This post is just as relevant today as when I published it over 5 years ago. Assumed knowledge is often the biggest impediment to creativity and innovation, it limits how we see and understand the world around us. Next week I'll be posting the piece I've been working on, a deeper look at how our interaction with the unknown can either lead us to fear or excitement, and how each of those decisions affects our experience and what we can create with it.
Originally published on September 20, 2014.
I’m an Empowerment Coach here to help you expand your potential by releasing limitations that are holding you back.
Sometimes I find that the greatest obstacle to understanding is the idea of knowledge. You see knowledge can act as a bias, if you let it. When we think we know something, we risk closing off alternative possibilities with the assumption that our knowledge is correct and complete. This way of thinking not only limits our understanding, but also closes the mind to new information that may contradict our perceived knowledge.
As former U.S. Secretary of Defense Donald Rumsfeld said:
“There are known knowns. These are things we know that we know. There are known unknowns. That is to say, there are things that we know we don’t know. But there are also unknown unknowns. There are things we don’t know we don’t know.”
It is important to note that some, or all, of the things we consider to be “known knowns” could actually be “unknown unknowns.” Therefore known knowns are things that we think we know.
It is possible to know something in a specific context; in math we know that 1+1=2 because we consider that 1 is a mathematical object with certain characteristics. However, 1+1=3 is also possible under another set of assumptions: 1 woman + 1 man can result in 3 humans under the right circumstances and given enough time. Given this characteristic of knowledge, it is very important to remember the context of our knowledge.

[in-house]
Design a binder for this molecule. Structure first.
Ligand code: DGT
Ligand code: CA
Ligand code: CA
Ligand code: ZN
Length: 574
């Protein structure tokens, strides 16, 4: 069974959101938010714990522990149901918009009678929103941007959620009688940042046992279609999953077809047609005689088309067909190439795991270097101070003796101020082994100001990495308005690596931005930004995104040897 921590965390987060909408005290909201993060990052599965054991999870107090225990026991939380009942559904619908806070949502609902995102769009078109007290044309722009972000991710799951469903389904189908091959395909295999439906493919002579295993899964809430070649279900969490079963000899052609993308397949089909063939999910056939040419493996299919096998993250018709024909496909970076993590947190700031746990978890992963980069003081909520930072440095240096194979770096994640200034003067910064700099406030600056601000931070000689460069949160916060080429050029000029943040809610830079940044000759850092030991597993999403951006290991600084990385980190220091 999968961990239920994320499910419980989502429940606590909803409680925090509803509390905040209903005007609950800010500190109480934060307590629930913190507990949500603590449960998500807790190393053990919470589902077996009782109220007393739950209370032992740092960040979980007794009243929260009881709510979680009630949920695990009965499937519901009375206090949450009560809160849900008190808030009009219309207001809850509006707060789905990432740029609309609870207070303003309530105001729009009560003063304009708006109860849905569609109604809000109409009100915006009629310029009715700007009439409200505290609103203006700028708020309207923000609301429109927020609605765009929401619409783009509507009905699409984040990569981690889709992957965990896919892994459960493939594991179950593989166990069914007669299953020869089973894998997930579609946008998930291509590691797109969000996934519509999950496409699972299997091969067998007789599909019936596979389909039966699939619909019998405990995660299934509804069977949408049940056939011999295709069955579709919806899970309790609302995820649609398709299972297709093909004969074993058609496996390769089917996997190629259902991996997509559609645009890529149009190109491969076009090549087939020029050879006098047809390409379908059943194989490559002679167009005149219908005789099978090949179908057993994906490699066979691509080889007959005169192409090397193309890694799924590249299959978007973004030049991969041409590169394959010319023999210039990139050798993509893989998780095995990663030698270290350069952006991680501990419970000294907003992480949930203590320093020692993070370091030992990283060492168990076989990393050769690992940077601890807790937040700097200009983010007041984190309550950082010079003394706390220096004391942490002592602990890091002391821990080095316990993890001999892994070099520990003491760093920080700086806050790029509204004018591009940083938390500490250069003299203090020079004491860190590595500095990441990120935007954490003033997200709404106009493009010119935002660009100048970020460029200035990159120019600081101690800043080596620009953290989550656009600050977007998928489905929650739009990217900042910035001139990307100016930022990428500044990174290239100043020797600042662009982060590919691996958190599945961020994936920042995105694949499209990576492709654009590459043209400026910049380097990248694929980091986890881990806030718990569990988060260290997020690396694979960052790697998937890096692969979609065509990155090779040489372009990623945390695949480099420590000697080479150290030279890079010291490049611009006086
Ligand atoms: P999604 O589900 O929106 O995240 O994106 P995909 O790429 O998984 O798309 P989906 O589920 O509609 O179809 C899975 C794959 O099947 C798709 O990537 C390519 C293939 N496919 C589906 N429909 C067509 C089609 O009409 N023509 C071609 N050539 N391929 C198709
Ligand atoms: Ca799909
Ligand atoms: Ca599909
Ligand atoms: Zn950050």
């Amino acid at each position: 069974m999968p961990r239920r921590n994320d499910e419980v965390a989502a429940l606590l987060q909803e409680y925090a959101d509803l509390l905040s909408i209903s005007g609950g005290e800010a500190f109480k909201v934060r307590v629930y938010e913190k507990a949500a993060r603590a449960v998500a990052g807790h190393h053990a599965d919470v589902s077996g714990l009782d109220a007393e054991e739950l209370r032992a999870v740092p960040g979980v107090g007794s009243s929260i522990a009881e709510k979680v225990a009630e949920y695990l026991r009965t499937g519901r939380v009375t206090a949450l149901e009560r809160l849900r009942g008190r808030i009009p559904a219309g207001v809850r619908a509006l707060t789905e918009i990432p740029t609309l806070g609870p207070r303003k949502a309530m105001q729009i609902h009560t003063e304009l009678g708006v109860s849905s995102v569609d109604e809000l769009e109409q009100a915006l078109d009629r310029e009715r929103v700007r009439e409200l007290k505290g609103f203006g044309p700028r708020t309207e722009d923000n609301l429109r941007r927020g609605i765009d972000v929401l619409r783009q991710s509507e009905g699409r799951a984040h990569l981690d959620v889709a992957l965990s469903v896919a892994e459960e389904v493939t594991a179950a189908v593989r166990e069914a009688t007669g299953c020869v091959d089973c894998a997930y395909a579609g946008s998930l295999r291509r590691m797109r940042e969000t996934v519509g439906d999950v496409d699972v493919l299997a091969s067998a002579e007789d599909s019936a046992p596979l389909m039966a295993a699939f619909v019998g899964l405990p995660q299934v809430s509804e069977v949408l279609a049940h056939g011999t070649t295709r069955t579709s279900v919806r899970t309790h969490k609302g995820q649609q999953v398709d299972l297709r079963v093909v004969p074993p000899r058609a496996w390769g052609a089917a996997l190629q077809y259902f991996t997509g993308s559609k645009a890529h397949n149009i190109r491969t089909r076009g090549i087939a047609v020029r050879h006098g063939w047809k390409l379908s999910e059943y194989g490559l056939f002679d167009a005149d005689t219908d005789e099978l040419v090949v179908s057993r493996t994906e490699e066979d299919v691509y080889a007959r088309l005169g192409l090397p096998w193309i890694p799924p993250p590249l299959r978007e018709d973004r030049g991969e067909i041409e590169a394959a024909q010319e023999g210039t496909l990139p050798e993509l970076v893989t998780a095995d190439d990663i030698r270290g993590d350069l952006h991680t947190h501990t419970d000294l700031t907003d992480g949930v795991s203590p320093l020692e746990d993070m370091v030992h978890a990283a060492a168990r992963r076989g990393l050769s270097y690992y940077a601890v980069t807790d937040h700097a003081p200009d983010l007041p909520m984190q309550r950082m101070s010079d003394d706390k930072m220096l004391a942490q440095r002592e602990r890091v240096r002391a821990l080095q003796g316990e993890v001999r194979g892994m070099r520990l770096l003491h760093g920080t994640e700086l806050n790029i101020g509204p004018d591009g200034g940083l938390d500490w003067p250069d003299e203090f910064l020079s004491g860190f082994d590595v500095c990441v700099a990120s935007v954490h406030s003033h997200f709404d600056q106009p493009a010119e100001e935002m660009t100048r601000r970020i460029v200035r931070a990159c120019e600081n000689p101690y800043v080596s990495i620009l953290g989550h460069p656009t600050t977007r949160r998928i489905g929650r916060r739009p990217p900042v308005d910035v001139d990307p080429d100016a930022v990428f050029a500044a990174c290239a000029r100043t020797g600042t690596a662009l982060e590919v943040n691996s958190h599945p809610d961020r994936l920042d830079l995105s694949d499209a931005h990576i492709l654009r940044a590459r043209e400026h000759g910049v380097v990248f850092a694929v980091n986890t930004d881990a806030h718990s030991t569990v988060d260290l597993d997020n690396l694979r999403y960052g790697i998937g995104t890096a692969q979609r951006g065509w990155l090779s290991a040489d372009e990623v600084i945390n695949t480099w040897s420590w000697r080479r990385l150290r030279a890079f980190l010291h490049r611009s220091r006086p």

All information comes to us through our senses, in the form of perceptions. We observe specific phenomena, directly or indirectly, and then we assess and categorize the observations to build an idea. Knowledge does not denote certainty in a broad sense, but rather in a specific sense. In our environment, nature is continually changing and adapting, what may have been observed in the past could occur differently in the present.
This is where the “known unknowns” category comes in. When we admit that we do not know for certain, we become open to new possibilities and solutions that otherwise would have been discarded as being contrary to our perceived knowledge.
Assumed knowledge could be the biggest obstacle to creativity and innovation: when we stop asking questions we stop learning. The first step of the learning process is to admit that you don’t know, this opens the mind so it is ready to experiment with “crazy” new ideas that challenge what society has deemed possible.
Let go of everything you thought you knew. Be willing to experience things as if it were the first time, you never know what new understandings and insights you may gain.
Integrity Health is a franchise company residing in New Hampshire. We specialize in health coaching centers combining fitness with weight loss to optimize and promote optimal health. We are also the national purveyors of the EZCOACH Fitness Prescription System licensed by fitness professionals.